Asking questions rather than making assumptions: the ladder of inference


I recently read in a book about an interesting tool called “the ladder of inference”. This ladder illustrates our tendency to adopt inaccurate beliefs based on selective observations, false assumptions, and misguided conclusions. It is an interesting tool for understanding how misunderstandings between people occur.

It looks like this:

  • We observe “data” and experiences, as a videotape recorder might capture it
  • We select “data” from what we observe
  • We then add meaning (both cultural and personal) to what we observe
  • We then make assumptions based on the meaning we added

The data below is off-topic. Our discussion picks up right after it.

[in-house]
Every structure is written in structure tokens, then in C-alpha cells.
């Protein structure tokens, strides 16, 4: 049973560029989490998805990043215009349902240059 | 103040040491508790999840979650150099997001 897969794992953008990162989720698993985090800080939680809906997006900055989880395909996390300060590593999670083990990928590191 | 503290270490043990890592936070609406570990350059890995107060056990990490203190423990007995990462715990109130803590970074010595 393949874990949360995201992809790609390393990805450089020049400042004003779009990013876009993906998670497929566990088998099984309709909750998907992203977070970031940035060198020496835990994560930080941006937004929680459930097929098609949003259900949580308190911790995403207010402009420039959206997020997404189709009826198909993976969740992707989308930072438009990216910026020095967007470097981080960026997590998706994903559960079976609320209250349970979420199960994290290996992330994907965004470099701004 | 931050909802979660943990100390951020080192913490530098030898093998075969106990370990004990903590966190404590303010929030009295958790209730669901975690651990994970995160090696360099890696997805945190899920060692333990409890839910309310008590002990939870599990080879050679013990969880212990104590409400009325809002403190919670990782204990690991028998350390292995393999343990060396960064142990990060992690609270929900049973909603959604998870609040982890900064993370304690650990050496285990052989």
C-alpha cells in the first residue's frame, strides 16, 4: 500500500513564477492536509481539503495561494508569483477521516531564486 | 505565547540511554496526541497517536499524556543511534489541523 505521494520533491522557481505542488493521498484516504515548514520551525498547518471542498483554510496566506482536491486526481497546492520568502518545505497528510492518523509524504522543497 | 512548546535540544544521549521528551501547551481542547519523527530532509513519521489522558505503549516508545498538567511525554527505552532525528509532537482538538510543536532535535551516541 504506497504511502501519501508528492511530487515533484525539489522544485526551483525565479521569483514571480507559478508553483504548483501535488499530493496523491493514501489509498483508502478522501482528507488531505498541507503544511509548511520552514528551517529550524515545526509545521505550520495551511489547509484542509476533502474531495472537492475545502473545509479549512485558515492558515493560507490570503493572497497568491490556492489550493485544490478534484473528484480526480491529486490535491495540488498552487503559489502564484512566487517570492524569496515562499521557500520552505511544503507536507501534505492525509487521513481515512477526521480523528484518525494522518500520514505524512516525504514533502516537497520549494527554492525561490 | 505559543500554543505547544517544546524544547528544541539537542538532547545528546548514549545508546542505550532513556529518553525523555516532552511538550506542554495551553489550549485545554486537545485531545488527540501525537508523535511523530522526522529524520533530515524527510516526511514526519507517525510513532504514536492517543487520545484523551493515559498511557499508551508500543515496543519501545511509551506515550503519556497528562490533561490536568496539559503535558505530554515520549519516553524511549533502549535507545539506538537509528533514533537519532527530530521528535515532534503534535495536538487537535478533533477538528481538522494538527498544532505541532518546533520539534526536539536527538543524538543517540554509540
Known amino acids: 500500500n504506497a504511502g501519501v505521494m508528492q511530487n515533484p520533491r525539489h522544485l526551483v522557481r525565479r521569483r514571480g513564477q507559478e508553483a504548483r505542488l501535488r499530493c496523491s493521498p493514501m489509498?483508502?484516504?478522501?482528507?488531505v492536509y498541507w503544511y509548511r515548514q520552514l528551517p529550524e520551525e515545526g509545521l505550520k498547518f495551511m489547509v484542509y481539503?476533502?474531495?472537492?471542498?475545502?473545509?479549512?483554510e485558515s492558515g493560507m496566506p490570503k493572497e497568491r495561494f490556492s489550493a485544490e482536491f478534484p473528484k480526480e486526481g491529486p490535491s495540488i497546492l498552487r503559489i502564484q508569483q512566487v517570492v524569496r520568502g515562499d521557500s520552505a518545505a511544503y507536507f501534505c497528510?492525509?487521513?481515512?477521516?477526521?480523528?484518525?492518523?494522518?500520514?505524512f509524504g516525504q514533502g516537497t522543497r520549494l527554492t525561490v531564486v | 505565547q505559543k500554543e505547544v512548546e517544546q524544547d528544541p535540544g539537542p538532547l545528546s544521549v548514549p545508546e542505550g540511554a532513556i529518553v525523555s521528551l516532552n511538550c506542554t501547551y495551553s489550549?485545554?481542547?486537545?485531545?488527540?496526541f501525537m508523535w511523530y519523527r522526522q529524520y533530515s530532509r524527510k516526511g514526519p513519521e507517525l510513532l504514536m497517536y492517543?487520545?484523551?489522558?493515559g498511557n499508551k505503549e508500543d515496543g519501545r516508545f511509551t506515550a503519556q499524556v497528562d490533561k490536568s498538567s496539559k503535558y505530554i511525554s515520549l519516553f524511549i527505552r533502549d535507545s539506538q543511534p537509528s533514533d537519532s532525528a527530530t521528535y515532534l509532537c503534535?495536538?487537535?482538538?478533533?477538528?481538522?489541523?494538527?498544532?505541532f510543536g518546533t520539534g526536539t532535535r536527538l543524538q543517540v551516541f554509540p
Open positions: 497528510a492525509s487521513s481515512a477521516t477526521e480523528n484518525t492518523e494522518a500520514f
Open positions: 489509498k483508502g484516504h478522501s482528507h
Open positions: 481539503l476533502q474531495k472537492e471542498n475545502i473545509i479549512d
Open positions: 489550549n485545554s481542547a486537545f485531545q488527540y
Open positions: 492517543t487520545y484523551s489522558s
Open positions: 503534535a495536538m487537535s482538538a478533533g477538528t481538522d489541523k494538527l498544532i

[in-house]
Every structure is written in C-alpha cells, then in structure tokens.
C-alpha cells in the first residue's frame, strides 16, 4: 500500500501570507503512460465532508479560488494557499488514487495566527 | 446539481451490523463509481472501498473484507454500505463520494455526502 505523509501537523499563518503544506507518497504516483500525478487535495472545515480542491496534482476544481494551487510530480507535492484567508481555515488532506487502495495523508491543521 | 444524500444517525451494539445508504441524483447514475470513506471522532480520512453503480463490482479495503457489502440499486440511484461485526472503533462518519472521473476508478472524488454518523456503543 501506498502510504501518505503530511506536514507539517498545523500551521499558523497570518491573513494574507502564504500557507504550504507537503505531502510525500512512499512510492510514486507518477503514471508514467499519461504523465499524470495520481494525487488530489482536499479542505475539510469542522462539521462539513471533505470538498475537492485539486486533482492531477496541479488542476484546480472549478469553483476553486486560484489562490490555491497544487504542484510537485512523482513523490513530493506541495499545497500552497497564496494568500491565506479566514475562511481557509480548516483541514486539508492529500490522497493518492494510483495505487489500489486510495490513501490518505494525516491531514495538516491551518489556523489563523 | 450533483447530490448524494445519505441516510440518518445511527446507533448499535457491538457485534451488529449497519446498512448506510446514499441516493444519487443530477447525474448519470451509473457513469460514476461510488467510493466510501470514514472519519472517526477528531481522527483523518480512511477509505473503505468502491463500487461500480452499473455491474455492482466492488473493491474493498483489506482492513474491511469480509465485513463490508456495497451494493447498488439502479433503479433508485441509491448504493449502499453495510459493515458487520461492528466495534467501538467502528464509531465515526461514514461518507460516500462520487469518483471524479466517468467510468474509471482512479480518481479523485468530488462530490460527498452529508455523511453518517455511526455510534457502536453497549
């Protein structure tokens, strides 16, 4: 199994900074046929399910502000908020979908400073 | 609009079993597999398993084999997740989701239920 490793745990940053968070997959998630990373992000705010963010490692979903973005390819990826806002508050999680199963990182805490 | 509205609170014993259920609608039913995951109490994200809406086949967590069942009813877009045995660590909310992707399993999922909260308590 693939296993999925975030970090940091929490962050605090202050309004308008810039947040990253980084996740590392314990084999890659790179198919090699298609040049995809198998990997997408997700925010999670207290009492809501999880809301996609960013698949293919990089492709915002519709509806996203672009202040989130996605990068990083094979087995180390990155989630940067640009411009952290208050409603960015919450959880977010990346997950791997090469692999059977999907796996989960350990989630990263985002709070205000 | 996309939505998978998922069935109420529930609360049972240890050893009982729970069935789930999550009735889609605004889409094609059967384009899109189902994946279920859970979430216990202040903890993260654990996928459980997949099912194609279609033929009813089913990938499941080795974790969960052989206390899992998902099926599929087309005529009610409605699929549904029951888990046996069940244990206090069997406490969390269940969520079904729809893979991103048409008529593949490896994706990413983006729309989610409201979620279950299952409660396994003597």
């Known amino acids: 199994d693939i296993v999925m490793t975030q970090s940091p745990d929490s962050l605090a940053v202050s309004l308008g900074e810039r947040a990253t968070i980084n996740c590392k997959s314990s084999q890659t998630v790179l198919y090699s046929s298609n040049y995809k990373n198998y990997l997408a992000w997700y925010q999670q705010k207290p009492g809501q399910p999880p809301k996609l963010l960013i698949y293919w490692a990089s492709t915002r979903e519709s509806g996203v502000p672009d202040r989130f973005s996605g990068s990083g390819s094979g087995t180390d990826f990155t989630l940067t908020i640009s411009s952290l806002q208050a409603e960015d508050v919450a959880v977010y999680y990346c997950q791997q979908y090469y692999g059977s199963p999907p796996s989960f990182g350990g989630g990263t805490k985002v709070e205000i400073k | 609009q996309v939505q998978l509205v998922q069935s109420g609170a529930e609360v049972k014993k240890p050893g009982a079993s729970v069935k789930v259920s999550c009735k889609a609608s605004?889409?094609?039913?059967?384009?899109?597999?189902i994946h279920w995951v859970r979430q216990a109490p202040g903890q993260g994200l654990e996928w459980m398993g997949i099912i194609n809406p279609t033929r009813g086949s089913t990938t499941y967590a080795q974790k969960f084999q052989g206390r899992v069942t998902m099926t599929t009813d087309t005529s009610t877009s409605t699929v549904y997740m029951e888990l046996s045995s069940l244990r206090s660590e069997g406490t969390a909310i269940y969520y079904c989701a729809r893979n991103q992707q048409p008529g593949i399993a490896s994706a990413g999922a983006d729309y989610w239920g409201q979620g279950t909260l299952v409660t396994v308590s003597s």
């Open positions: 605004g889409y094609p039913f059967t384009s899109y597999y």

• We draw conclusions
  • We adopt beliefs about the world
  • We take actions based on our beliefs

The question is now: how can we make sure that we stay objective while observing and assessing and acting? To make sure we achieve the results we want.

A quick answer to this question is: grounding our assessments.
And by that I mean gathering as many objective facts as you can.
The more objective facts you can find, the higher the chance that your emotions are not the driver of your assumptions, beliefs and actions.
And the more likely you will achieve the results you want…

* Source: R. Ross “The ladder of inference” in P. Senge, A. Kleiner, et al., The Fifth Discipline Fieldbook